Shortly thereafter, Justinian published a document which condemned the writings of Theodore of Mopseustia, Theodorest of Cyrus, and Ibas Edessa (known as the three chapters). These men supported Antiochene Christology, which was upheld at the Chalcedon Council.[31]

This document pleased the Eastern constituency; but those bishops in both Northern Italy and Africa strongly opposed. Although the Three Chapters were correct on Christology, their writings contained other theological errors which were held by many to be heresies. In order to pacify the Monophysites, the chapters were to be repudiated on their theological weaknesses in general, not necessarily because of their teaching on Christology. For this reason, the bishops of Africa and Northern Italy protested. The combination of his poor papal leadership and weak theological brain left the pope in a state of confusion. Justinian then summoned him to visit Constantinople.[32] What follows is not a part of church history with which most Catholics are eager to deal – a pope who does not seem to know what to believe and a Church council who condemns him as a heretic.  Schaff states concerning Vigilius that he “favored either party according to circumstances, and was excommunicated for awhile by the dyophysite Africans, under the lead of Facundus of Hermiane. He subscribed the condemnation of the Three Chapters in Constantinople, a.d. 548, but refused to subscribe the second edict of the, emperor against the Three Chapters (551), and afterwards defended them.”[33] Shortly thereafter, Justinian called for the Fifth Ecumenical Council to condemn the Three Chapters. They condemned them, undoubtedly for their theological leanings apart from Christology, but ultimately the Christological language of Chalcedon became the official church position.[34] Vigilius still struggled with great difficulty in deciding what he believed. One author summarizes his view on the Fifth Ecumenical Council as such: “Vigilius at first protested against the Council, which, in spite of repeated invitations, he had not attended, and by which he was suspended; but he afterwards signified his adherence.”[35] Justinian allowed him to return to Rome; however, he died on the journey.

            Part of the problem with papal infallibility is that this particular pope was too weak to have a theological position on the given issue. The following is a mess for those who hold to infallibility: a pope who is a pawn for an emperor and consequently changes his mind 4 times on an issue that is clearly doctrinal.[36]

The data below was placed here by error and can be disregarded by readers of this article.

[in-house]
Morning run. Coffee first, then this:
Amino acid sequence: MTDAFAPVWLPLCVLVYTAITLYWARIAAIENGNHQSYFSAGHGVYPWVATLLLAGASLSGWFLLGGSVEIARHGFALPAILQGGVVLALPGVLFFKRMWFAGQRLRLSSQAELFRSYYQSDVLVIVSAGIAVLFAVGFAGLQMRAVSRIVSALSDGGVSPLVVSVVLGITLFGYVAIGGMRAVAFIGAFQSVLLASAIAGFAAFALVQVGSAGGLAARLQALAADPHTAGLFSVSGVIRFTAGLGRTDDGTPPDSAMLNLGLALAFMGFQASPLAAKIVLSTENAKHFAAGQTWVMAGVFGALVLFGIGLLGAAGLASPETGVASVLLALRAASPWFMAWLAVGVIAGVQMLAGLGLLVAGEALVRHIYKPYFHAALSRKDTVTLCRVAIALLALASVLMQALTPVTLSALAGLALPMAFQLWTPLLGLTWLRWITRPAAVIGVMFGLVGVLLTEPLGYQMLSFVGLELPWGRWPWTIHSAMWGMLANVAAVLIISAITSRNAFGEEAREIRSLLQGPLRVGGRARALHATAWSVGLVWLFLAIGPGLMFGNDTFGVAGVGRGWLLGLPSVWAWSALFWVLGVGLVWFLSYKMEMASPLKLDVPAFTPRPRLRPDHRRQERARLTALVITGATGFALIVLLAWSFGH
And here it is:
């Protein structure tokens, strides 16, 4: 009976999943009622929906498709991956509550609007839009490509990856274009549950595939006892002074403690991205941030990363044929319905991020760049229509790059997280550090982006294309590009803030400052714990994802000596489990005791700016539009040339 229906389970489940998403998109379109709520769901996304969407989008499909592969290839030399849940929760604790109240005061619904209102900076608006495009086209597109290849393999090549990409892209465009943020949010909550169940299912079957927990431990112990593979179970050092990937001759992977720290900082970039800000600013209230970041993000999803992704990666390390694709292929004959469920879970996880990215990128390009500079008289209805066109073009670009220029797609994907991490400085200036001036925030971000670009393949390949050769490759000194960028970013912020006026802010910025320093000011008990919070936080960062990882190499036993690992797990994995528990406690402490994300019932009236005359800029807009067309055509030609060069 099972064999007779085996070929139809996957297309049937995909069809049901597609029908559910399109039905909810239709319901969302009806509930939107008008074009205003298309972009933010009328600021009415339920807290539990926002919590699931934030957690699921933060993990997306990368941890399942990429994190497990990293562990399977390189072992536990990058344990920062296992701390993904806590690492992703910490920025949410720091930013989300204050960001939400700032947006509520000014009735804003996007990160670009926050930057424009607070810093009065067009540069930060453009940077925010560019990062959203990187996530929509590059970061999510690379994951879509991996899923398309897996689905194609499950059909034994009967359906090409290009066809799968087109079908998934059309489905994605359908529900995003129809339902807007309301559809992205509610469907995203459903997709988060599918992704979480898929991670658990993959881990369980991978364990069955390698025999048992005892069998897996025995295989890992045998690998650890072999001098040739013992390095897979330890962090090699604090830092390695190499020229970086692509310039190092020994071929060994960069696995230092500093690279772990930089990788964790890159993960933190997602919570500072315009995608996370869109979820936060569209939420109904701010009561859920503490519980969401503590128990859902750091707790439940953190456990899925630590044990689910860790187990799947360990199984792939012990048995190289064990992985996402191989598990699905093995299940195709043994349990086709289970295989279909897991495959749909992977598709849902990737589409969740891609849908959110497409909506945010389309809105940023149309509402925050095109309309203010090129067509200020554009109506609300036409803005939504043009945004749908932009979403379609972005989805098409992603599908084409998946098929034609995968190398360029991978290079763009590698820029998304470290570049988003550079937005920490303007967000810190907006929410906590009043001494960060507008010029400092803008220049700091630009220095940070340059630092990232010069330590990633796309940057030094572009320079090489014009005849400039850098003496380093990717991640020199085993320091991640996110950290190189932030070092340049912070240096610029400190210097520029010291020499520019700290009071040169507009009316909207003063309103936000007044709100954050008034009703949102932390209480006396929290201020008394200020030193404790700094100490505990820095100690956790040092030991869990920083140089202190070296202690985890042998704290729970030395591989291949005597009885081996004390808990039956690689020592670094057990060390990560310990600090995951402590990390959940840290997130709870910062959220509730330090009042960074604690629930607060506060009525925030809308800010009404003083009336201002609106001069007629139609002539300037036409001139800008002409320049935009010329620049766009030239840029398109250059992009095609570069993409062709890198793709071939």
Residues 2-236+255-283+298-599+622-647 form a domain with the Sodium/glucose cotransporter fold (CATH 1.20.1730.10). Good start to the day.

The Honorius Problem

           In an attempt to neutralize a dissatisfied monophysite following among the Syrians, the Emperor Heraclius attempted to compromise with them theologically, believing he could pacify the monophysites by adopting monothelitism. Apparently Sophronius saw the inherent theological problem and therefore brought it to the attention of Sergius who then wrote letters to Pope Honorius concerning the issue.[37] Honorius’ response is clear; he supported both monophysitism and monothelitism. He responded in writing, “Therefore we confess one will (θέλημα, voluntas) of our Lord Jesus Christ.”[38] Honorius is further quoted, “There being only one principle of action or one direction of the will in Christ, and therefore there must be one will also.”[39] Honorius clearly contradicted Catholic dogma in his writings. The issue becomes one of definition regarding the term ex cathedra. Some Catholics will reinterpret and twist the words of Honorius to make him appear orthodox; others simply hold that he was not speaking ex cathedra.[40] Attwater maintains that these letters do not affect infallibility because the pope was not speaking ex cathedra; “his reply was not a clear statement for the acceptance of the whole Church.”[41] Schaff disagrees however, and holds that since the correspondence occurred with other church leaders (Sergius, Cyrus, and Sophronius), that the pope was speaking authoritatively.[42]

            Despite the attempts of some to reinterpret the views of Honorius, the actions of the Sixth, Seventh, and Eighth Ecumenical Councils leave little doubt that the Roman Church considered him a heretic. Attwater records that the Sixth Ecumenical Council “condemned Monothelitism and anathematized by name the memory of Sergius and others, and of Honorius, ‘pope of elder Rome,’ who had followed the wicked opinions of Sergius and the rest.”[43] Schaff points out further,